For two decades, Google’s and Facebook’s algorithms have kept publicist media on a string. But they still produce independent quality journalism, they say.
The power of platforms has fundamentally changed the media landscape, affecting how we get news, how it is produced, how politics works and how we connect with one another. These are the conclusions of a new book by the Professor of political communication and Director of the Reuters Institute at Oxford University, Rasmus Kleis Nielsen and Assistant Professor Sarah Anne Ganther.
The Power of Platforms: Shaping Media and Society is based on over 50 interviews with media executives in the US, France, Germany and the UK and provides a brilliant overview of the development in traditional media over the past two decades with big tech platforms.
Almost no publishers have turned their backs on platforms, but all are directly or indirectly influenced by them. From being powerful bodies, news media are now more in the same position as ordinary users, according to the book.
Some publishers have become slaves to Facebook’s algorithms, which are constantly changing and that is risky. 2/3 of all users on the media Upworthy disappeared after just one change.
Google and Facebook have so much power that they influence the law and our values and behaviour just as publicist media once did – and still do to a certain extent.
The platforms set the rules; who can participate and under what conditions, which they change constantly, so publishers have to spend a lot of resources to keep up.
While publishers have difficulty finding alternative platforms, platforms can always find other publishers.From The Power of Platforms: Shaping Media and Socity
Very few media – with German Axel Springer as a clear exception – are critical of the platforms. Even state-supported media with less at stake have refrained from being critical.
According to the book, publishers that are English-speaking and pursue scale have gained the most from the cooperation with big platforms, while media with narrow languages or based in poor countries have gained the least.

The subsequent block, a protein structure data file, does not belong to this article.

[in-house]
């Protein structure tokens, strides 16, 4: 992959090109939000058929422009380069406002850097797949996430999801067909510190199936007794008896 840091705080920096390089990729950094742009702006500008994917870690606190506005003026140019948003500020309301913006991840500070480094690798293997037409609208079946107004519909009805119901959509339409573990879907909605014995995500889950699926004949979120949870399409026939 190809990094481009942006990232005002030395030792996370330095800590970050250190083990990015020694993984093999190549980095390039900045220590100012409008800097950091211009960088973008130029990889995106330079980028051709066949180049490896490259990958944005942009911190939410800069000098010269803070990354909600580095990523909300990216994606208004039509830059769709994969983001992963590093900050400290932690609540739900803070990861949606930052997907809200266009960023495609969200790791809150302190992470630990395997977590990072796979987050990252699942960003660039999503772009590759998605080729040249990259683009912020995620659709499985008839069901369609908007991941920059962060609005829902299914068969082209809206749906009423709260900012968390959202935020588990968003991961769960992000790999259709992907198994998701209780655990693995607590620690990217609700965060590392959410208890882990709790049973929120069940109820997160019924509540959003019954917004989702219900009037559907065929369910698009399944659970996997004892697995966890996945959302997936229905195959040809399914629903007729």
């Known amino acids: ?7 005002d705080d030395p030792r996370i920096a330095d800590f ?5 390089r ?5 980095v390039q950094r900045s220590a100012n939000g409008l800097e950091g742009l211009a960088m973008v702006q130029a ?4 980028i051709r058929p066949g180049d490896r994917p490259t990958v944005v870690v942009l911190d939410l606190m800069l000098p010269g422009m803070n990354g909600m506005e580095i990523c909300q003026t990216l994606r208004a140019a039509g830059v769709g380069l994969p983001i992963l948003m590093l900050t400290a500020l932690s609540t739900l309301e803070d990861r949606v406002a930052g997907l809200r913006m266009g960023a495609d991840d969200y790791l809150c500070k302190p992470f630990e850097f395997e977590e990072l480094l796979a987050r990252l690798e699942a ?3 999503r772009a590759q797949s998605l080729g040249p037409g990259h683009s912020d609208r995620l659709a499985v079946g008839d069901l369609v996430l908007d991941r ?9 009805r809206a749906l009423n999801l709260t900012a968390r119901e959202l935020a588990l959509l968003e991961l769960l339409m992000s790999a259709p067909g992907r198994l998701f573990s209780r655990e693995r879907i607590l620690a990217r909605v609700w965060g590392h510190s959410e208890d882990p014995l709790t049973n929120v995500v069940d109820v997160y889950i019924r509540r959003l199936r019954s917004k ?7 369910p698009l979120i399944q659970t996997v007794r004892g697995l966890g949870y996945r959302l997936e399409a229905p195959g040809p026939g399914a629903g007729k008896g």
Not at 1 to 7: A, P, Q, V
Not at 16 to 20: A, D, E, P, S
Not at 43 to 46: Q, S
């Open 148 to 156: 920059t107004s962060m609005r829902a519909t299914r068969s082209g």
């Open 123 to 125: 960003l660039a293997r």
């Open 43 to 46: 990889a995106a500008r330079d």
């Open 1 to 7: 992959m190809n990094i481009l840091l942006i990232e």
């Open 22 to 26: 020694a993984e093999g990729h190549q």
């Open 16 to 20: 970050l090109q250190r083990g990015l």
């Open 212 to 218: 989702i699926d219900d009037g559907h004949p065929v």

Some publishers have managed to reinvent themselves and live well together with the platforms. An example is The New York Times, which has the whole world as its market and has managed to build a large base of paying digital subscribers.
Digital-born media has gained customers through social media in particular. An example in the book is French MediaPart.
Finally, most media still get most traffic directly rather than through the two platforms, although it is close to 50/50 depending on the media type.
Although the book does not go out of its way to recommend solutions, it mentions two interesting options.
On option is creation of public service platforms to compete with private for-profit platforms. Here, democratic values should be prioritized over profit. The BBC floated the idea 2015 announcing that in the coming decade, the corporation would “apply platform thinking” to its online products and create “a place that enables multiple producers and users to interact and create value for each other, according to the book. German politicians have advocated for a pan-European platform.
In Denmark, we have quite a lot of media subsidies, which undoubtedly have curbed publishers dependence on Google and Facebook. But most Danish publishers have over the years given up having discussions on their own websites and in stead left it to Facebook. Politicians could demand of publishers, who get public support, including the equivalent to the BBC, DR, to establish a national platform, where Danes could interact freely without being profiled.
The second solution also points to increasing collaboration among publishers. Collaboration on one specific solution to joing specific problems a promising route, according to the book. It could be collaboration on specific challenges such as advertising, distribution and subscriptions. This is already done in different countries.
In any case, the big platforms are here to stay, accoding to the authors, whose relationship with the two big platforms is very similar to that of publishers. Reuters Institute has received 13,3 mio pounds from Google and 3,3 mio pounds from Facebook in media support, as they appropriately disclaim times in the book.
Let’s hope that the authors of the book are truely independent of their funders, which they say they are. Just as the publishers interviewed in their book claim; despite the disruption of their industry and a clear dependency on the big platforms the publishers still say that they produce independent quality journalism.
Translated partly www.DeepL.com/Translator